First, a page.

By Mike Baker
There were no unexpected surprises last week when Trillium Lakelands District School Board outlined its plans for students’ upcoming return to school.
During a recent meeting held on Aug. 24, TLDSB Director of Learning Wes Hahn said the board is “very excited” about kicking off the school year with largely in-person learning beginning Sept. 8. While Learn@Home was an option for any student, providing parents made TLDSB aware of their choice back in June, Hahn reported that just 329 students board-wide would be participating in online learning this coming school year.
“We are very excited about starting in-person [learning] again in our schools. That is something we all in this room feel is really important,” Hahn informed TLDSB staff and trustees last week. “That’s not to say the great work done in our Learn@Home [program] hasn’t been well done by staff and accepted by families and students, but we’re glad to see [our kids] back in schools.”
He highlighted some of the health and safety measures that would, once again, be implemented this year. Mandatory masking will be in place for all students from Kindergarten to Grade 12 while inside school facilities, while student cohorting at the elementary level will be maintained, again, while inside school facilities.
Hahn did note though that, while outside, students would be free to interact with other students from outside their cohort, and would not have to wear a facemask.
One of the most significant changes surrounds the reintroduction of school clubs, extra-curriculars, sports and music programs.
“That’s one of the biggest areas for families – that was something that was really missing for our kids [last year],” Hahn said. “Our students see a connection through peers and friends through these activities. I think it’s really important [that we bring these things back].”
Facilities such as cafeterias and libraries will be gradually reopened, with Hahn encouraging principals to take a “cautious approach” to make sure there are appropriate plans for student movement and enhanced cleaning. Lockers, it was noted, would continue to be off-limits this year.
At the secondary school level, TLDSB will be using the quadmester model for student classes, something Hahn expects will remain in place until at least January. He noted that timetables for high school students would be sent out this week.
Vaccination was a hot-topic at last week’s meeting. It was noted that any visitor looking to “engage” in a school building should be vaccinated. Hahn noted that while vaccinations for students and staff are not mandatory, they are recommended. Any staff member who chooses not to be vaccinated will be asked to provide a medical exemption. Further refusal to be vaccinated will result in the staff member participating in a mandatory education session, outlining the benefits of being vaccinated. Any member of staff who is not vaccinated will be required to undergo regular COVID-19 testing.
Along with this new vaccination protocol, TLDSB is also rolling out a new quarantining initiative.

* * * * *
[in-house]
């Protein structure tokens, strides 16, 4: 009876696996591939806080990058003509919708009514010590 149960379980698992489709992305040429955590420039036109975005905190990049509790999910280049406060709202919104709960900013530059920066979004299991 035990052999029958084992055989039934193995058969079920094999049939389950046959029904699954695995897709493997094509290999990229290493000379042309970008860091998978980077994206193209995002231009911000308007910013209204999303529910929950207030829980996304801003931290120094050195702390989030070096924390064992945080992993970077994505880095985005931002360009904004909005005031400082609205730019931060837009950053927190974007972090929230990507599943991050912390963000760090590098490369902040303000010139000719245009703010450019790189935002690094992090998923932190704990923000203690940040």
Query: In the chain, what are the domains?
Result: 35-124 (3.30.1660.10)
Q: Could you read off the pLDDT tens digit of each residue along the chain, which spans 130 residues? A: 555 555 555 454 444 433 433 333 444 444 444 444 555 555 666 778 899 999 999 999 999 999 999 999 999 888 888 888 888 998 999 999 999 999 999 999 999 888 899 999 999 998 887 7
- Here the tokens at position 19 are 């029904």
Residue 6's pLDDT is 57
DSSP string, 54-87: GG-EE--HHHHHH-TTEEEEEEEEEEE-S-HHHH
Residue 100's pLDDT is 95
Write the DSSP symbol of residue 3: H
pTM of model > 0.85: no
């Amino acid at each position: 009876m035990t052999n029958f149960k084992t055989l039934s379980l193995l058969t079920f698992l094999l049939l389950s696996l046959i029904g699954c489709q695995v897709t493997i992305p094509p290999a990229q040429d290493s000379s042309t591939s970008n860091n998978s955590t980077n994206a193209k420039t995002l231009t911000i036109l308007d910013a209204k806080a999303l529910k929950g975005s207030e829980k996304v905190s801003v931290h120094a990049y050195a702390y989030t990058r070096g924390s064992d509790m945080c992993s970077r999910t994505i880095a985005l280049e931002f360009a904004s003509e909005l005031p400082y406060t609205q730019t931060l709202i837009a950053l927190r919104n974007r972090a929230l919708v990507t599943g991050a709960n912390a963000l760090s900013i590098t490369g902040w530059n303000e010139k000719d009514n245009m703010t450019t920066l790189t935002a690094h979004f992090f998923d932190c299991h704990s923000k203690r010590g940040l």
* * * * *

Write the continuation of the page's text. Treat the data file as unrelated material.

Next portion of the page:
“In the past, if there was a case that came into a classroom, the teacher and students would all need to quarantine. There are detailed steps now, that if teachers and students are vaccinated, they don’t have to quarantine if they are not exhibiting symptoms,” Hahn said. “That’s important, because it means our staff can stay in the classroom and our students can maintain their class time.”
After securing additional government funding earlier this year, Hahn noted school board staff were hard at work upgrading ventilation systems at all school sites. The most notable change, Hahn says, is the installation of new HEPA filters, which will be placed in all TLDSB classrooms.
“We’re feeling good about where we’re at right now with managing proper airflow and keeping air safe within our buildings,” Hahn said.
It was noted that some secondary schools within the region would be hosting COVID-19 vaccination clinics, starting in September. Hahn said the board were currently working with the Haliburton, Kawartha, Pine Ridge District Health Unit to set up a schedule. These clinics, Hahn stressed, would be public health events, and not organized in any way by TLDSB. These clinics will provide opportunities for any student or staff to receive their vaccination if they haven’t already done so.
In closing, Hahn clarified the situation surrounding Learn@Home, saying any parent who has registered their child for online learning would have one final opportunity to change their mind in September.
“The whole idea of switching … That’s one of those things we have to stay very firm on. The model, by now, has been chosen. But, like every year, when we have students show up into schools and classrooms, we take a look at the numbers and do a September reorganization. At this point, we will look for opportunities to potentially do a reorganization [of students from Learn@Home into in-person learning], but we will not be doing this throughout the year,” Hahn said.
“There won’t be a waiting list, there won’t be opportunities [to change] every other month. We can’t do that … It’s really important for us to maintain stability. Last year we were moving, there were wait lists and it’s just not possible to do that and do it well,” Hahn concluded.